9 4 Isolation games with other weight vectors In this section, we study several general classes of isolation games. We consider symmetric space (Ω, ) in this section. 4.1 Single-selection isolation games Theorem 5 A Nash equilibrium always exists in any single-selection symmetric game. Proof: We denote the k-player single-selection symmetric game as G, in which the m th entry of the weight vector is 1. We partition the k players into t = k groups G m 1, G 2,..., G t. If m k, then let each group consist of m players; otherwise, let each group except G t consist of m players, and let G t consist of the remaining k (t 1)m players. We denote a t-player nearestneighbor isolation game on Ω as G. By Theorem 1, we know that in game G there exists a Nash equilibrium c = (p 1,..., p t ). Without loss of generality, we assume that in G player t at p t has the minimum utility value among all the t players. Now we generate a configuration c for game G in which all the players in group G i choose position p i. We show that c is a Nash equilibrium for game G. If m k, we consider an arbitrary player i of game G that belongs to group G j and locates at p j. It is easy to verify that the utility of player i of game G in c equals the utility of player j of game G in c, because each group consists of m players. If player i of game G could increase her utility to (p a, p b ) by moving to p a, then player j of game G would also have a better response of p a to increase her utility to (p a, p b ), which contradicts the assumption that c is a Nash equilibrium of game G. Hence no player of game G in the configuration c has a better response, and thus c is a Nash equilibrium for game G. If m k, we consider an arbitrary player i of game G that belongs to group G j and locates at p j. Suppose that the position of the m-th nearest neighbor of player i in configuration c of game G is p u. It is easy to verify that p u is also the position of the nearest neighbor of player j in configuration c of game G. Suppose, for a contradiction, that player i of game G has a better response p a. We consider the following cases. Case 1: p a {p 1,..., p t }. Then in game G, player j could move to position p a and strictly increases her utility, which contradicts the assumption that c is a Nash equilibrium for game G. 9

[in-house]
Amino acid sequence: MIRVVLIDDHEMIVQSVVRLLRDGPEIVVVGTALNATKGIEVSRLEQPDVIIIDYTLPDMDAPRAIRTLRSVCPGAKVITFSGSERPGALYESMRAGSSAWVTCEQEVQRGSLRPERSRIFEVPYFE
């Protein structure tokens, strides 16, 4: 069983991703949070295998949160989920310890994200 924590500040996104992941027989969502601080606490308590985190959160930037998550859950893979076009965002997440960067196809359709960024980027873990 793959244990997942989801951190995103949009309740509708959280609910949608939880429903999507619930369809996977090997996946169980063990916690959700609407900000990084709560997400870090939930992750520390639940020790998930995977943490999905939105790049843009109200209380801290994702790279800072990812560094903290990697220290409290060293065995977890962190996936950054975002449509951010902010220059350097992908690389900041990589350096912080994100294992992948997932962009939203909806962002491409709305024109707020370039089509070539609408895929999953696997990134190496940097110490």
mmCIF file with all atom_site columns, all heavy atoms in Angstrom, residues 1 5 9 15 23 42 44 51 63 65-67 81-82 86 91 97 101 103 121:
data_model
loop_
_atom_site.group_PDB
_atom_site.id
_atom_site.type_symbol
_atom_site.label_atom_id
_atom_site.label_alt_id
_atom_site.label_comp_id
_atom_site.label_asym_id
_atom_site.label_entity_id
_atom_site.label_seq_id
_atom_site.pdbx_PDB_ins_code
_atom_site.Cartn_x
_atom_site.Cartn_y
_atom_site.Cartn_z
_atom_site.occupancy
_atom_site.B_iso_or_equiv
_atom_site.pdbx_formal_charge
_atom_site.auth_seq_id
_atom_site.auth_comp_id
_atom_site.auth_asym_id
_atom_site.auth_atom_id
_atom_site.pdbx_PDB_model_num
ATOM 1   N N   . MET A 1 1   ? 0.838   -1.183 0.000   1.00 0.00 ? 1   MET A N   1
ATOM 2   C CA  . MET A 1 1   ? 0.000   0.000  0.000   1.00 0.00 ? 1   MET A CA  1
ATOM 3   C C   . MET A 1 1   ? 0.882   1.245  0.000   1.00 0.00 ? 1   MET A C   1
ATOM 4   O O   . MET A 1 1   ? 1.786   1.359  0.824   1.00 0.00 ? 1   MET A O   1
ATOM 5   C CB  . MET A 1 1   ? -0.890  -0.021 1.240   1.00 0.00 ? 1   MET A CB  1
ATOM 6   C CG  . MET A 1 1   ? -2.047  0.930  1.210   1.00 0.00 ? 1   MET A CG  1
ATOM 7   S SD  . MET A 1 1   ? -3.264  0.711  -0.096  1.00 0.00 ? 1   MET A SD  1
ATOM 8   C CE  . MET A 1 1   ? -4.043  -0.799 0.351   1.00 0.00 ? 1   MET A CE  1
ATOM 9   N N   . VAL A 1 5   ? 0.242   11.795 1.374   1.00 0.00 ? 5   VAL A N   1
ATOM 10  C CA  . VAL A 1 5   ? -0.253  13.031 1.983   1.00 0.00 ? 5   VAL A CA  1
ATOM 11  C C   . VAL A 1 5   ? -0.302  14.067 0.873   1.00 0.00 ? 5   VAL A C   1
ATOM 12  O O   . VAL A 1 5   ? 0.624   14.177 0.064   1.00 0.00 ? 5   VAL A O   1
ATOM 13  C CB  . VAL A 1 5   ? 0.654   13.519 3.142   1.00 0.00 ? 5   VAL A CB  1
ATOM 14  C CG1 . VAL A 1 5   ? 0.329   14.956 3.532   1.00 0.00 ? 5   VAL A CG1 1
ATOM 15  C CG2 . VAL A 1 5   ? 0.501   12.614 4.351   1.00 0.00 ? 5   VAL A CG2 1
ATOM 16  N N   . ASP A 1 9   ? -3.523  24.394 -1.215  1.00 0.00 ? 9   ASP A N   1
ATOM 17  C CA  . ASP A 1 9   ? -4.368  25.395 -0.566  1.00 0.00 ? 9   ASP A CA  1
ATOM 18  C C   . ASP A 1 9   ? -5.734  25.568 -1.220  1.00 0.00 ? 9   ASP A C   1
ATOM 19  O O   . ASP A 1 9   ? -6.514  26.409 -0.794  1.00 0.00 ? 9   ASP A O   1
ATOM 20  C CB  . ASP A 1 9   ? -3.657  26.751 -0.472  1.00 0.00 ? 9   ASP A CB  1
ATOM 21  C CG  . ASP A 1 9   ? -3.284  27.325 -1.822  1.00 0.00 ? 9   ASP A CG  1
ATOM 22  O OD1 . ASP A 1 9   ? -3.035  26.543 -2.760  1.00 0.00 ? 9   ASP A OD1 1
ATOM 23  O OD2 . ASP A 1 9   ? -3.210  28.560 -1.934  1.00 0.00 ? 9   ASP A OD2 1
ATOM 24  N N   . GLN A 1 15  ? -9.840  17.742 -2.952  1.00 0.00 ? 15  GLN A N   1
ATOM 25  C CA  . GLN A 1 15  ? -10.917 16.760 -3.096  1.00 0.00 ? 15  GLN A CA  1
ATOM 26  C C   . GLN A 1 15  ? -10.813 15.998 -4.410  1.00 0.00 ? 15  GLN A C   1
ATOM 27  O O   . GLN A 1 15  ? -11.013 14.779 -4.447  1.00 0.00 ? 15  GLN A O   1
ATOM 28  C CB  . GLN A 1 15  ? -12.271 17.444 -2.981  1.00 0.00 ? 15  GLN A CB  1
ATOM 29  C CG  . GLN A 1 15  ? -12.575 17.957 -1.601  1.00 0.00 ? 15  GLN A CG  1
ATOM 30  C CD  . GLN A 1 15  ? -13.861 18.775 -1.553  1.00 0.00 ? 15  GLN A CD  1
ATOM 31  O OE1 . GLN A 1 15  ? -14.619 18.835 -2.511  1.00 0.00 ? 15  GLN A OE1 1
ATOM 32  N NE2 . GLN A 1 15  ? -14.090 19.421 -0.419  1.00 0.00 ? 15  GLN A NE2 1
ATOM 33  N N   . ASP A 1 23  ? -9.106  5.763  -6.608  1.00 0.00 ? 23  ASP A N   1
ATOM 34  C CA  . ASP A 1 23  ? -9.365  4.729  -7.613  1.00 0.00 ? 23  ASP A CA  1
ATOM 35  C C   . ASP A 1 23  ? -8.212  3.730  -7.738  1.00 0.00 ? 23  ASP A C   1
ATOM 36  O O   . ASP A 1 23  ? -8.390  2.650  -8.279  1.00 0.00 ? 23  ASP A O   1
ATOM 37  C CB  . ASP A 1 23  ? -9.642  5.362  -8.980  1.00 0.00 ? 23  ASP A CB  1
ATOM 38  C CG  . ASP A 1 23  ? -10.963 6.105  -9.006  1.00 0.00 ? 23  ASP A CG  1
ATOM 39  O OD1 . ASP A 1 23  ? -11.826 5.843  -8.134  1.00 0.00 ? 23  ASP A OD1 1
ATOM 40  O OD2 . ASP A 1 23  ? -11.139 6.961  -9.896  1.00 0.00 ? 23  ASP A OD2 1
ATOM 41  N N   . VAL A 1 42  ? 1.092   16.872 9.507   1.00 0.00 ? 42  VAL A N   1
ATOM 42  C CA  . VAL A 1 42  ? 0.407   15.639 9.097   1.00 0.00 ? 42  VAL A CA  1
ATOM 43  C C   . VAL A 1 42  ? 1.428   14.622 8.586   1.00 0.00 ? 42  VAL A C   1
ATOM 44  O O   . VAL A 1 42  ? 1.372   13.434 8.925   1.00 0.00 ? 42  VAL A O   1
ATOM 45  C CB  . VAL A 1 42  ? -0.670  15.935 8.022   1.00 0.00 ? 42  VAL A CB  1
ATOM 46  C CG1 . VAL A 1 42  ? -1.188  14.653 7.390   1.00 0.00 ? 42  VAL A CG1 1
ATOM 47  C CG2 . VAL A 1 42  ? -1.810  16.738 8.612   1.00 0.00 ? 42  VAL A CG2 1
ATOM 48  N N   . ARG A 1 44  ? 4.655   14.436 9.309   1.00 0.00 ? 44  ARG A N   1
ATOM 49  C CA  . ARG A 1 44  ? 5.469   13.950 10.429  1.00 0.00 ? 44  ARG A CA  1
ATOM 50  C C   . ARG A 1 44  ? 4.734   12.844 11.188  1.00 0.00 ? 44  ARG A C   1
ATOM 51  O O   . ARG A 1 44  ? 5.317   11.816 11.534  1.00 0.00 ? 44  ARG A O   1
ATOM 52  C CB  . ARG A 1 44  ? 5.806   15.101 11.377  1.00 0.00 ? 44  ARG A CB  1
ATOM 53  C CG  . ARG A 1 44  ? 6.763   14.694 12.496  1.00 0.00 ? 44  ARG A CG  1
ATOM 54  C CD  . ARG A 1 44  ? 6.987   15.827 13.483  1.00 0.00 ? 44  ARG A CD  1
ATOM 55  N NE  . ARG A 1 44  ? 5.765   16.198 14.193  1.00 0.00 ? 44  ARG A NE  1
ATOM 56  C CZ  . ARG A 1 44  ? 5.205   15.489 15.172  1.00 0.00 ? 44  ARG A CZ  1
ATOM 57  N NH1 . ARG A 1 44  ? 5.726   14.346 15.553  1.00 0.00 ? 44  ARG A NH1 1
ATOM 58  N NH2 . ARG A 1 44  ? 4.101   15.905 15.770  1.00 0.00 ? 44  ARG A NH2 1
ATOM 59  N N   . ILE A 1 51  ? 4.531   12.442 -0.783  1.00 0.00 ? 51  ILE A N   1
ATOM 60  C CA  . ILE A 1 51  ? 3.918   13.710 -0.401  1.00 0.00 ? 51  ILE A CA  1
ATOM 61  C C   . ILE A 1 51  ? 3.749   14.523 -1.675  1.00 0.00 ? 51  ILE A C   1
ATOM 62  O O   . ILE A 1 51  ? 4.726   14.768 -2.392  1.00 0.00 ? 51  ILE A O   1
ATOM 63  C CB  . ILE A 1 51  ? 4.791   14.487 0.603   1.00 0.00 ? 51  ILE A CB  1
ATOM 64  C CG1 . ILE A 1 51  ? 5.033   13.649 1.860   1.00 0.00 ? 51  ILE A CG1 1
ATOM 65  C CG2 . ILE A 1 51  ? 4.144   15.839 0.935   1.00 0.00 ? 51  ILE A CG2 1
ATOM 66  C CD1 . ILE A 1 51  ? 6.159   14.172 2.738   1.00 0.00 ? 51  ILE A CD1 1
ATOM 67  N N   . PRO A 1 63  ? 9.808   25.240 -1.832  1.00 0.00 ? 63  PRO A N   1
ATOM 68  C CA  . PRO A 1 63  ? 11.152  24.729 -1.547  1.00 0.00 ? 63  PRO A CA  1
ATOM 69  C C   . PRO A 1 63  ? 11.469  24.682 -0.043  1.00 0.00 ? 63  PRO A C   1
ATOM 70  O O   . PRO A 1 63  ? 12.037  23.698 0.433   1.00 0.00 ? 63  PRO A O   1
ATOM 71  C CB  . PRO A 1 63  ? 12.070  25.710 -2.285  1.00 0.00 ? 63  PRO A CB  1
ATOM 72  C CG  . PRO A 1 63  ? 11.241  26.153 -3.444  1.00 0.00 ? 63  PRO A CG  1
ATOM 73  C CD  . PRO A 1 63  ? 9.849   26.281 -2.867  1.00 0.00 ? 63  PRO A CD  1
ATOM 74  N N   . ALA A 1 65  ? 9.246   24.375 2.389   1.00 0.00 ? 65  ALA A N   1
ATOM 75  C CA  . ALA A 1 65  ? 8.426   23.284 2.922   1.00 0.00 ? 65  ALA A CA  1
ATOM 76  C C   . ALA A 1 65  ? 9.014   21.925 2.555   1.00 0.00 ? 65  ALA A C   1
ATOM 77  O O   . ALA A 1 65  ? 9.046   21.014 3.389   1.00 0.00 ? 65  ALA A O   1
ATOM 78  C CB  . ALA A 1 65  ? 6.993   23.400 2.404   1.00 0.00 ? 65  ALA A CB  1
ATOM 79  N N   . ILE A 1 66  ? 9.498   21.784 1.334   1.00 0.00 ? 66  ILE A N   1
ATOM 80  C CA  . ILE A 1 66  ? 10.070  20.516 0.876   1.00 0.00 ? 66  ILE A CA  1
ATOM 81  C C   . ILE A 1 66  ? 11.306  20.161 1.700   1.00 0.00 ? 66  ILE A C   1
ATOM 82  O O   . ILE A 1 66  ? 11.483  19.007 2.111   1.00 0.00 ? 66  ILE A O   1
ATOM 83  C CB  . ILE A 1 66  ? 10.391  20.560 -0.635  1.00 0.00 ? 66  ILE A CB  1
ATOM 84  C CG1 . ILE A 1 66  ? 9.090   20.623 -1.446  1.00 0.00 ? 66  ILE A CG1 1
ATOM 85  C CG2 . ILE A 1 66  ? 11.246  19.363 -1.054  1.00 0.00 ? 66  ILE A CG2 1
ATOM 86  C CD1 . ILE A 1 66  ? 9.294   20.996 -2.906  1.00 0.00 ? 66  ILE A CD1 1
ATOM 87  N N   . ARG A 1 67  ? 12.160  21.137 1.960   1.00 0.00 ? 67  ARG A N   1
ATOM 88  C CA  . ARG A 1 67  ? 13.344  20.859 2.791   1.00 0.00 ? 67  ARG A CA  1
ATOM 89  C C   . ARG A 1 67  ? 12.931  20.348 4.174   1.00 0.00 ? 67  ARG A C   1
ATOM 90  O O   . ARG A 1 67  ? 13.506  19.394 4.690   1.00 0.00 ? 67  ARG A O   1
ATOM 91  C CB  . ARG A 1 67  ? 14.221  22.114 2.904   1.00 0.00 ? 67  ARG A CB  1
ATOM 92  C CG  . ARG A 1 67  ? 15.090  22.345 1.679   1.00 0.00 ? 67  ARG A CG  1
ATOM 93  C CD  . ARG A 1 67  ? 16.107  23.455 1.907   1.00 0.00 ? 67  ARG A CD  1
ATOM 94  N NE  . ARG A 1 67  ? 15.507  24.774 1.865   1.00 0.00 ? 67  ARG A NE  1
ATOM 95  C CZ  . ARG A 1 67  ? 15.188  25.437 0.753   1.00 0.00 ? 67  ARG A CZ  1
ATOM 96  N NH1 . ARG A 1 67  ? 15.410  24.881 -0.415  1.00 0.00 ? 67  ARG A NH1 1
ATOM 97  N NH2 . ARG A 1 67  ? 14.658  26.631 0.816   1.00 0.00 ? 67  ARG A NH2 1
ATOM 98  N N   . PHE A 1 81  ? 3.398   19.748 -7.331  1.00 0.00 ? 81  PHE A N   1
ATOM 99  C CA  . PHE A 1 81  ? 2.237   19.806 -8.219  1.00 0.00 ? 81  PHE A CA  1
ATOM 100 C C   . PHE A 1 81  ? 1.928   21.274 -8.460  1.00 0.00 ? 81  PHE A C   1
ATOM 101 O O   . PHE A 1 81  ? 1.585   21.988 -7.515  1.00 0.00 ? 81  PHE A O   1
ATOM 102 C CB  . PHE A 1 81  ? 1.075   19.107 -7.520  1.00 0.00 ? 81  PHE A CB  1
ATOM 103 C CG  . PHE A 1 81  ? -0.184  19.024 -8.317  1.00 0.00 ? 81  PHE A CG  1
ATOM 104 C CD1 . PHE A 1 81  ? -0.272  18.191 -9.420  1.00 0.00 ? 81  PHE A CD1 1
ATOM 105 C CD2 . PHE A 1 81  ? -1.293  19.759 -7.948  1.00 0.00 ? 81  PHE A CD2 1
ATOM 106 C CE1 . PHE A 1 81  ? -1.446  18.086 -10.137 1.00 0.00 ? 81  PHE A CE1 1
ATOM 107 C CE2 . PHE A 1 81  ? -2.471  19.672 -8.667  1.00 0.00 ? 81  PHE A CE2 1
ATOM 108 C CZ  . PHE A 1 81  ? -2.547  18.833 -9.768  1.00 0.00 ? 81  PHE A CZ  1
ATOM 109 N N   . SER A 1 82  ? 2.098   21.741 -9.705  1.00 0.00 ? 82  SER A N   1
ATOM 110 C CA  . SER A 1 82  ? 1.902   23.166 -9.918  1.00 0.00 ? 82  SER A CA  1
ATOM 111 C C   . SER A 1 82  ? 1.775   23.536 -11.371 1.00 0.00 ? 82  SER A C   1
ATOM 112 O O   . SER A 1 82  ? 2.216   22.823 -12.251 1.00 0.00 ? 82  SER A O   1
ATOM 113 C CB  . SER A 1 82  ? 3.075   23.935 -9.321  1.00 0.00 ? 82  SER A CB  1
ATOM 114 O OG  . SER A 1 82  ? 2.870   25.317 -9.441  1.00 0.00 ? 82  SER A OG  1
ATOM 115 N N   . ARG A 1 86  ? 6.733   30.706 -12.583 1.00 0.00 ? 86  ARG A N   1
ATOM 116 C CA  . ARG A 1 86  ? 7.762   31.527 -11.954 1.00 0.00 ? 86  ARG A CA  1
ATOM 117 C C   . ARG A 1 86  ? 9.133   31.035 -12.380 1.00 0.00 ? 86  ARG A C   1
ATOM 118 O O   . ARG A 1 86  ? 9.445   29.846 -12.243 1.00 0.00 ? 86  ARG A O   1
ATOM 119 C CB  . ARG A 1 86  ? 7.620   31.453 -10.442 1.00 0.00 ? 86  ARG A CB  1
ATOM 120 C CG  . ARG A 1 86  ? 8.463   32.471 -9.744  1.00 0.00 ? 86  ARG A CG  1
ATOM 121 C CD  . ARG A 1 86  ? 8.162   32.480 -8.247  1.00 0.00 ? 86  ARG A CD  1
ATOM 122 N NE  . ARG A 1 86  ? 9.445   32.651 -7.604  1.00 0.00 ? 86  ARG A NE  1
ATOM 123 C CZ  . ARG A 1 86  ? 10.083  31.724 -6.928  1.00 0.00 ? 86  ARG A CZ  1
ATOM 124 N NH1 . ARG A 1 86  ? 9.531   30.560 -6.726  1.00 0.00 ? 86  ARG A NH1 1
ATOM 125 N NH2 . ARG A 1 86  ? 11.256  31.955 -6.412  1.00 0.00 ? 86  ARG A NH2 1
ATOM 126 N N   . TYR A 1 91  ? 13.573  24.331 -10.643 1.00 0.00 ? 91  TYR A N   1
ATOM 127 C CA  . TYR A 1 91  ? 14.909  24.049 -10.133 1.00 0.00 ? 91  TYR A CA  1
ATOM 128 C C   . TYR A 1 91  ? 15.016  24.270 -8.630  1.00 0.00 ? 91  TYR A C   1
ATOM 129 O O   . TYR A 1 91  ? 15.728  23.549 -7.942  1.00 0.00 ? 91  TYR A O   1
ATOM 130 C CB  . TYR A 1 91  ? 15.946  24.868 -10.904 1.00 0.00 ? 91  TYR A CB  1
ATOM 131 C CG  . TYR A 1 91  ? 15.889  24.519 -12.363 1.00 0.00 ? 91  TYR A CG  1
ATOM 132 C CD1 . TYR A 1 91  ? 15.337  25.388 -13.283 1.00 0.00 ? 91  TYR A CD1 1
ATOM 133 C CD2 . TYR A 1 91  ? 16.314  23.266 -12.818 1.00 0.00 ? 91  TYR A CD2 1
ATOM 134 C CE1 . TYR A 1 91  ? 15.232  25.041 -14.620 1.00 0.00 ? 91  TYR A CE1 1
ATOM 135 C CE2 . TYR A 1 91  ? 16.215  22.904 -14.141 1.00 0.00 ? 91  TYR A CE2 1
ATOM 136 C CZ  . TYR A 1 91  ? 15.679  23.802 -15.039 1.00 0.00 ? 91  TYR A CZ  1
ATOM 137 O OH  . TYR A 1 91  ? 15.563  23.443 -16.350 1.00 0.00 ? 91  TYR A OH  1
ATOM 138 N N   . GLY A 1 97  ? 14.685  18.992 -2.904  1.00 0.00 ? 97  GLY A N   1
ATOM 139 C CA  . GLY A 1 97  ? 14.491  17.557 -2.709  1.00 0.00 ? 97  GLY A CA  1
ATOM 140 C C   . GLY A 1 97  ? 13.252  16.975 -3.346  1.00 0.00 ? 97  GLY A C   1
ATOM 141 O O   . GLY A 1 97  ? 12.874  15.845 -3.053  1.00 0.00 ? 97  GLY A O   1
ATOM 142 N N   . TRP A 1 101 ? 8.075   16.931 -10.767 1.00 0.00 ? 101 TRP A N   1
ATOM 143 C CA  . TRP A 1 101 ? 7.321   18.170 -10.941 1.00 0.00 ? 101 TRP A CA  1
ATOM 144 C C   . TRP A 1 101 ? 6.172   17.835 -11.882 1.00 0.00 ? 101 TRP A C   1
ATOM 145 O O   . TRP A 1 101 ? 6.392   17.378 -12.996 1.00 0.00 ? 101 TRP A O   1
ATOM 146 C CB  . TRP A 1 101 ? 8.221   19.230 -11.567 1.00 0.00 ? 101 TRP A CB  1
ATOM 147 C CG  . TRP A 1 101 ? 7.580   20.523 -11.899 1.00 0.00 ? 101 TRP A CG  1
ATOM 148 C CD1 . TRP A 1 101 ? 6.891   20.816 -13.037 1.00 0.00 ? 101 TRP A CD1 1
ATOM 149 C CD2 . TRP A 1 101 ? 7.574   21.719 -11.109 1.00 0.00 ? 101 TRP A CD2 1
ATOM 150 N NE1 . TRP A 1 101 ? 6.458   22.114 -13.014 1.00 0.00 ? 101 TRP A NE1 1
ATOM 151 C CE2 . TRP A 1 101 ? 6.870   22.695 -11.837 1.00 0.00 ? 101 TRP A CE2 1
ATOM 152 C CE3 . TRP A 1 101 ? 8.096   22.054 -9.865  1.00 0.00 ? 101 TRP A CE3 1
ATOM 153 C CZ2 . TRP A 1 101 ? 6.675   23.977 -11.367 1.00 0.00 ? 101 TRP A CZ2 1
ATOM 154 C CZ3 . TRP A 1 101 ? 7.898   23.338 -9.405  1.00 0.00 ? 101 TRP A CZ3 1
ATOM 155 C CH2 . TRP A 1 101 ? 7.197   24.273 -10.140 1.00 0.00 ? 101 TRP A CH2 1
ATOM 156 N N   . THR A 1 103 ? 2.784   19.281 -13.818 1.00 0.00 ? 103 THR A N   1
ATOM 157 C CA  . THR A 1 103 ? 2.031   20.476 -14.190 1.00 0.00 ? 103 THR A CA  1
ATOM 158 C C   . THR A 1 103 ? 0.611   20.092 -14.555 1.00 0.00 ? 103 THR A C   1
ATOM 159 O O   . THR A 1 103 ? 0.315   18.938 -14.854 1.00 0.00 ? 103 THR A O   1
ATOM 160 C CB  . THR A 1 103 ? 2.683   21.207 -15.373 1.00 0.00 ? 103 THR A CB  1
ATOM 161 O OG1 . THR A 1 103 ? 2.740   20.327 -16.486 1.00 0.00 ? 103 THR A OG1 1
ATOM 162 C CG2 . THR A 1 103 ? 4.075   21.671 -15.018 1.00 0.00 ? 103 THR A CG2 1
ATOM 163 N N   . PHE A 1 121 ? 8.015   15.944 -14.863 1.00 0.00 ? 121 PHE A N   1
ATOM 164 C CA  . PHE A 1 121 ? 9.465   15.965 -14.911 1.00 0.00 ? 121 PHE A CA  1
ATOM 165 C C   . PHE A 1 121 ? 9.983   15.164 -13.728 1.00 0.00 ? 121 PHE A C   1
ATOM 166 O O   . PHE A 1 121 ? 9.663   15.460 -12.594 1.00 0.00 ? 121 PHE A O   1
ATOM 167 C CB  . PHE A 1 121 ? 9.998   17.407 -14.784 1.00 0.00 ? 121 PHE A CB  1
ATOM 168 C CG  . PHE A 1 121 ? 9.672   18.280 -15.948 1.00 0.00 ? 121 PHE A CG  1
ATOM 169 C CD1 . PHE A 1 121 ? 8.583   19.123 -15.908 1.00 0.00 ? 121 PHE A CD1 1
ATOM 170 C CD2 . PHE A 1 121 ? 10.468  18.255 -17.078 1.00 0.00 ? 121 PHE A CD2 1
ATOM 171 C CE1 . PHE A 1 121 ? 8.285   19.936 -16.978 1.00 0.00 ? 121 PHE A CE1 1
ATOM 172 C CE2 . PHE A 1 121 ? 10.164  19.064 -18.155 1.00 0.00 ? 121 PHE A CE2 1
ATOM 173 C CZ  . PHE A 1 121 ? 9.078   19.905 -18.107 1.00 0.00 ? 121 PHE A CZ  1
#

10 Fig. 1. An example of a better-response sequence that loops forever for a five-player isolation game with weight vector (0, 1, 0, 0) on a one dimensional circular space with six points. Case 2: p a {p 1,..., p t 1 }. This is impossible because in game G, at each position in {p 1,..., p t 1 }, there are m players, and if player i moves to p a p j, her m nearest neighbors are all at position p a and thus her utility would be zero. Case 3: p a = p t. Since group G t has less than m players, the m-th nearest neighbor of player i after her move is positioned at some point p s p t. Since this is a better response of player i in game G, we have (p t, p s ) > (p j, p u ). It is easy to verify that p s is the position of the nearest neighbor of player t in configuration c of game G. Thus we have that in game G player t s utility in configuration c is larger than player j s utility in c, which contradicts to our selection of p t. We reach contradictions in all three cases. Therefore, c must be a Nash equilibrium of game G. Although Nash equilibria always exist in the single-selection isolation games, the following lemma shows that they are not potential games. Lemma 6 Let Ω = {A, B, C, D, E, F } contain six points on a onedimensional circular space with (A, B) = 15, (B, C) = 11, (C, D) = 14, (D, E) = 16, (E, F ) = 13, and (F, A) = 12. The five-player singleselection game with the weight vector (0, 1, 0, 0) on Ω is not potential. Proof: Let the five players stand at A, B, C, D, and E respectively in the initial configuration. Their better response dynamics can iterate forever as shown in Figure 1. Hence this game is not a potential game. Surprisingly, the following theorem complements the previous lemma. Theorem 7 If Ω is finite, then for any single-selection game on Ω and any starting configuration c, there is a better-response sequence in the game that leads to a Nash equilibrium. 10